Tuesday, August 23, 2011

How Good are Your Communication Skills?

by Aleta Kay

I work at a business where I take calls from people who are sometimes very agitated. The other day one of those customers was patiently trying to procure a service but there was going to be some out of pocket expense. His wife was in the background elling at him, telling him how stupid he was, what an idiot he was, and he should have done what she told him to do two weeks ago. He wasn’t the one yelling; she was.
I wondered as I listened if she was trying to get him to file for a divorce because she certainly didn’t sound like a woman who wanted to be married to her husband. I wonder how she would have responded if he, or anyone had talked to her that way? I also wondered if they had children, and if so, what is she teaching them about marriage by her example?
Our tongues are such unruly creatures. I’m sure all of us at one time or another have said things in anger we would never have said otherwise. How is it that we speak to harshly to people we claim to love? Why do we destroy their souls with our words/ Once words are spoken they can’t be recaptured, and even if they are forgiven, the scars can linger a lifetime.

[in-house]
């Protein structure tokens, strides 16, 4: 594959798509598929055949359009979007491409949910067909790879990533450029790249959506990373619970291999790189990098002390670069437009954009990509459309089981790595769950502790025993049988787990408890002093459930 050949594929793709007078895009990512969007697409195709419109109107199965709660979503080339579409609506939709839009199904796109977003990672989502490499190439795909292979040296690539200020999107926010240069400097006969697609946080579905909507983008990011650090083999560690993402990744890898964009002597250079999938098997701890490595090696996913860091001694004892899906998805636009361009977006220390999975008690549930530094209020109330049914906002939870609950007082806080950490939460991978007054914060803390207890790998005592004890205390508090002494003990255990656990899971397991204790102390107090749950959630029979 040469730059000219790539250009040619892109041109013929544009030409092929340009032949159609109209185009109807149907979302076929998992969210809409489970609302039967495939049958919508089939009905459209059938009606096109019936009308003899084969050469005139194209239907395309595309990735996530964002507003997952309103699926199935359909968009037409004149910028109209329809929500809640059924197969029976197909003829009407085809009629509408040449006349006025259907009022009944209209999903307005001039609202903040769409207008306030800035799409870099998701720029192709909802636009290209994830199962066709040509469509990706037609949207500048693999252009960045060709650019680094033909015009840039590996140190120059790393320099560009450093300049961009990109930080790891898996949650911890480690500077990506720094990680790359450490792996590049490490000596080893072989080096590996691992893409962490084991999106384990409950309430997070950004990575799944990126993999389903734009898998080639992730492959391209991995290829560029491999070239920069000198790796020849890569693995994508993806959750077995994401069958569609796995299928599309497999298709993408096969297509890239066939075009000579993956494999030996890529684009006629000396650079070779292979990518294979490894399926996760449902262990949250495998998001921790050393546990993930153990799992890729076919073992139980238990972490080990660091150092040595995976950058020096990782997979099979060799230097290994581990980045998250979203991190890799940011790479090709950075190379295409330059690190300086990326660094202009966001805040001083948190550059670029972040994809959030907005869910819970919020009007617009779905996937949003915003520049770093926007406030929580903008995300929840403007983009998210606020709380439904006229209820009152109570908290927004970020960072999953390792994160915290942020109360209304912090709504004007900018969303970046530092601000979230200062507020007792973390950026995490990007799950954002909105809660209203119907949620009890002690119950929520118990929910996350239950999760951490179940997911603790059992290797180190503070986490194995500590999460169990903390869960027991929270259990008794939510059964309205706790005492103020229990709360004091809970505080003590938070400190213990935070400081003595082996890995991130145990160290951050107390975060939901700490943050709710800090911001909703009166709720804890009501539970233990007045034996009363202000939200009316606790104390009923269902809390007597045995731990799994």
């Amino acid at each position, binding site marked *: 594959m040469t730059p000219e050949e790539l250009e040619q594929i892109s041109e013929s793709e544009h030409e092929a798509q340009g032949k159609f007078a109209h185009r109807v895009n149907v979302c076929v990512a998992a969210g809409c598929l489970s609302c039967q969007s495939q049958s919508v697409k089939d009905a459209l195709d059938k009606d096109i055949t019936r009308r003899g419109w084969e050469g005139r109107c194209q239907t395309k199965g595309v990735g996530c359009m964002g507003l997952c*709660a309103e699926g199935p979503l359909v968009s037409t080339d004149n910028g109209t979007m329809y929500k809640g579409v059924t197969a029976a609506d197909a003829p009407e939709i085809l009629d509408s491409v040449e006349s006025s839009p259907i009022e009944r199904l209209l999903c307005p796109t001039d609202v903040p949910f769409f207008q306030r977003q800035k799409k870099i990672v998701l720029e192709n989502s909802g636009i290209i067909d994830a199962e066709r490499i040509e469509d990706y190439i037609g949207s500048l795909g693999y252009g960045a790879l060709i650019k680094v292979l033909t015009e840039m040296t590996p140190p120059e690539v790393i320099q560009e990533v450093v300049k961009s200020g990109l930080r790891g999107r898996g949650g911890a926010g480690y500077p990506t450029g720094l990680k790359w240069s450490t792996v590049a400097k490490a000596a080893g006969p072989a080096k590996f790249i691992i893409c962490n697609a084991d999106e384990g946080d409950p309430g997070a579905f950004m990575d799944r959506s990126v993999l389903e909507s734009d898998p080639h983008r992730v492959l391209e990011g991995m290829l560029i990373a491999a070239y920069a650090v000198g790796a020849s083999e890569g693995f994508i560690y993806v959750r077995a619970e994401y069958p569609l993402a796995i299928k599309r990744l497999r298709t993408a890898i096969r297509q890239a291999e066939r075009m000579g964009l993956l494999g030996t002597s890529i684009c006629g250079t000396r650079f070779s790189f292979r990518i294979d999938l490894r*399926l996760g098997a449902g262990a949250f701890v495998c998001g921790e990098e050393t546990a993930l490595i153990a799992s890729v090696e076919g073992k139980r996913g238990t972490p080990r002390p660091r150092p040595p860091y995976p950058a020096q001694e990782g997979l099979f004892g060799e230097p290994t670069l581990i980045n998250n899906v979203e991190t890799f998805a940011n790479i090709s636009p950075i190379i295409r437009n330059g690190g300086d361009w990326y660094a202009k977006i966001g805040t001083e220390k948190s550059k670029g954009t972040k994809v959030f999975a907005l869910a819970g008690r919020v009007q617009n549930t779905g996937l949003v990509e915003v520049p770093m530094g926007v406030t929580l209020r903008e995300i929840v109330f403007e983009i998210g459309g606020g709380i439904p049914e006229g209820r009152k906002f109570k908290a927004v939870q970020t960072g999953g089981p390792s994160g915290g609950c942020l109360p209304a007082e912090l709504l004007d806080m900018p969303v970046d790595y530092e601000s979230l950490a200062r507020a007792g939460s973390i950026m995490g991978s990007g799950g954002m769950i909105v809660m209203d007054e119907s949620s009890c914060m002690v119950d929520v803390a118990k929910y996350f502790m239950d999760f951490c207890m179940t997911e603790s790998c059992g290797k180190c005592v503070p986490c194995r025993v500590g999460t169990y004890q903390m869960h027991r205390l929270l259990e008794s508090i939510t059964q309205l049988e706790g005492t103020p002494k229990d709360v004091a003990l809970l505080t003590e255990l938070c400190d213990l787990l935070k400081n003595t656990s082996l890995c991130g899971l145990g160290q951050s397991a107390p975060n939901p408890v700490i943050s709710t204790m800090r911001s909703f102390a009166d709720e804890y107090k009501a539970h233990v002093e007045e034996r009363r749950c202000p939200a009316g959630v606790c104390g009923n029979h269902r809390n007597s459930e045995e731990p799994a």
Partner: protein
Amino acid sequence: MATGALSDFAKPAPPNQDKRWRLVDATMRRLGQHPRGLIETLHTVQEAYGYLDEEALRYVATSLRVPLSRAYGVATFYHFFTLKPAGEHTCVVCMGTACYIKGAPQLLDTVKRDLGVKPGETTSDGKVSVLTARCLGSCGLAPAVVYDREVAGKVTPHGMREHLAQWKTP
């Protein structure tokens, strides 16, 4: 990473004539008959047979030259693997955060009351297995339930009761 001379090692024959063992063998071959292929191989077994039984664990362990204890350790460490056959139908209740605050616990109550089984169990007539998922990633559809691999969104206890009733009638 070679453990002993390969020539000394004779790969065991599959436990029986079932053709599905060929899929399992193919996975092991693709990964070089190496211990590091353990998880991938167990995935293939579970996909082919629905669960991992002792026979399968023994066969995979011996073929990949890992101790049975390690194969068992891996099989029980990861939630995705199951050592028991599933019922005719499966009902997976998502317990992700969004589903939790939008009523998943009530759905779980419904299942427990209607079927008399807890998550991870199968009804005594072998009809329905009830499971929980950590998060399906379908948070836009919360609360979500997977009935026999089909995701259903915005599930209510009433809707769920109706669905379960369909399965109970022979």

When you were first dating you were his cheerleader, is encourager, his ego-booster. Now all ou see are his faults. Why? Don’t you still need encouragement, gentleness, tenderness?
In our world where people are so quick to judge and criticize shouldn’t we be the spouses that build up our men? Home should be a place of safety and refuge, away from the pressures and demands of the world.
Here are some rules for arguing: 1) Avoid the use of the words “always” and “never.” They are both exaggerations and therefore never true. 2) Avoid accusatory statements like “You make me...” Your feelings are your responsibility. Nobody makes you mad; you choose to be mad. Instead say something like, “When you say or do, I feel...” Never say things you don’t mean. Say what you mean; mean what you say. 3) Give two positive statements before criticizing: “I really appreciate this about you,” or “I really like this quality in you.” then gently get into the complaint or criticism. 4) Never discuss things while you are angry. Try to see things from a different perspective. When you have calmed down, then discuss things. Be willing to listen and think about the other point of view.

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